The Audi R8 is the fantasy sports car for many. A car with stunning looks, handling that's universally lauded, and a badge that tells you that inside, things are going to be relatively practical.

The R8 Spyder takes that foundation, adds a clever folding soft-top, and gives you a car you can't help loving just a little bit too much. Even daubed in Samoa Orange, perhaps not the most obvious colour you'd choose for your sports car, the Audi R8 Spyder instantly speaks to you. 

But aside from hyperbole, superlatives and fleeting flights of fancy, what's it actually like to live with?


Audi has, in our opinion, been riding the crest of a jaw-dropping design wave recently. From the new Audi A3, right up to the Audi R8 at the top of the scale, Audi currently have some of the best looking cars on the road. The Audi R8's design is now a few years old, but it's still rather iconic. 

It's not flamboyant, not in the same way that the Lamborghini Gallardo is, with which this car shares a platform. Undoubtedly the Audi R8 will be seen as the sensible cousin of the Italian monster, but where the Gallardo offers hard lines and drama, the R8 offers a subtle refinement, as well as a lower price tag.


The front end might not be as exciting, but from the sides and the rear, we'd say the Audi R8 Spyder is the better-looking car. The backend, with its slatted rear cooling vents and clever progressive indicators is the sort of thing that's a pleasure to follow in traffic. At least, that's the way it seems, looking at the gleeful expressions on the faces of drivers you'll spot in the rear view mirror.

There's a slight compromise to be made with chopping the top off. You lose that rear window, with that wonderful view into the engine bay at the back. But being able to power down the hood for some alfresco driving is worth it, even if you'll be paying nearly £10,000 extra for the luxury.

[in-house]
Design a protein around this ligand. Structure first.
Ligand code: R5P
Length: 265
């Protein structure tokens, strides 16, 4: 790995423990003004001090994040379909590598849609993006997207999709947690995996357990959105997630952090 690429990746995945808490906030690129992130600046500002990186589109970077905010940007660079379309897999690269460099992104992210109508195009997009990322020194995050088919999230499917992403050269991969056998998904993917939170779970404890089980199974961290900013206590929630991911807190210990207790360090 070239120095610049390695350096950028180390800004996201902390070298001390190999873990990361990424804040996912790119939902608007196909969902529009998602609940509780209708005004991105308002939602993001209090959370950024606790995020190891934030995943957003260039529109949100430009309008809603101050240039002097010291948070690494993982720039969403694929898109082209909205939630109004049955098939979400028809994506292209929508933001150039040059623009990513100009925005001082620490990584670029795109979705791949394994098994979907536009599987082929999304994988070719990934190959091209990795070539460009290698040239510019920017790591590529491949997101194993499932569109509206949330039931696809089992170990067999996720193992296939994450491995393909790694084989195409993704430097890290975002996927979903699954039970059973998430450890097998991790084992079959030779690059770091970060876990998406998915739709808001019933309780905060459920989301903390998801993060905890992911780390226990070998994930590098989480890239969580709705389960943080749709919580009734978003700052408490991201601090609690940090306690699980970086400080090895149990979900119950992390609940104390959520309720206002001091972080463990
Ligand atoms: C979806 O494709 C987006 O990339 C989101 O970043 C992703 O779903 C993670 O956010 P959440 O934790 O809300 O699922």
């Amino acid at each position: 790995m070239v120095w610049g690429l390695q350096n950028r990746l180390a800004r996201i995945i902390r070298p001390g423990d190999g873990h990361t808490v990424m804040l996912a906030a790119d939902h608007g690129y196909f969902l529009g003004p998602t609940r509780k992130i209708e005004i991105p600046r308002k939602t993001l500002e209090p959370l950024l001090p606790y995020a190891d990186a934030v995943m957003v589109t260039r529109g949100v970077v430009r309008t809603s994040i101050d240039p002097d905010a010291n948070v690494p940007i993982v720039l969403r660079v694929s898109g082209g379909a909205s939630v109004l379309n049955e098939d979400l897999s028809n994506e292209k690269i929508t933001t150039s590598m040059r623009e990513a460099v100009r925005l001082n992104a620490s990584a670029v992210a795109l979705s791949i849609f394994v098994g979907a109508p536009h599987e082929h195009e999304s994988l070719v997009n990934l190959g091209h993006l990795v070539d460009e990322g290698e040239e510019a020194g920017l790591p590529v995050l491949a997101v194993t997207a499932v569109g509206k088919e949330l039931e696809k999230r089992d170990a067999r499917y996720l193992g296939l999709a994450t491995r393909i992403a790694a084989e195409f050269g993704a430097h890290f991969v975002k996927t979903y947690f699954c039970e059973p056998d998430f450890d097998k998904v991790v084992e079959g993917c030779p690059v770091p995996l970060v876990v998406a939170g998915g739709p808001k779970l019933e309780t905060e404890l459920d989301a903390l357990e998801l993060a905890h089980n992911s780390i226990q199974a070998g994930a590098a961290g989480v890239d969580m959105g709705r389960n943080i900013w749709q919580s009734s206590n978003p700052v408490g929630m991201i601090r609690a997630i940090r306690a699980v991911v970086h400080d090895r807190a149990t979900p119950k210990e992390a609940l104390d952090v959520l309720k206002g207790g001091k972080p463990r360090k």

The Audi R8 has chosen a soft top rather than a hard folding design. The advantage that this brings is that it packs away more efficiently. There's a small rear glass window that drops down, with a wind deflector that plugs in to stop the buffeting when driving a little faster that's stored in the front when not in use. 


It's a very drivable car with the roof down too. Up to 70mph we found it wasn't too bad: you can still hear the radio and don't find yourself with watering eyes because you're well protected in the cockpit, so cruising at speed isn't a problem. Sure, we missed the Airscarf of the Mercedes SLS AMG Roadster, but you can' t have everything.

READ: Mercedes-Benz SLS AMG Roadster pictures and hands-on

The rear window is actually large enough to give you surprisingly good rear vision, although you'll be dependent on the large wing mirrors to check the sides, as glancing over your shoulder to check your blind spot will only show you the dark interior of the roof when it's up.

There isn't a great deal of luggage space, of course, but we managed to pack enough into the front for a weekend, workbag, running kit, and all. We found ourselves repeatedly having to get out and slam the hood, it's light weight means it doesn't drop and lock like you might initially expect. 

In the driving seat

Slipping behind the wheel of the Audi R8 Spyder might not be exactly what you expect. Actually, scratch that, it is exactly what you expect, because this is an Audi. With that, there's the reassurance that you're getting a sensible interior, but perhaps it's not as ridiculous as you want.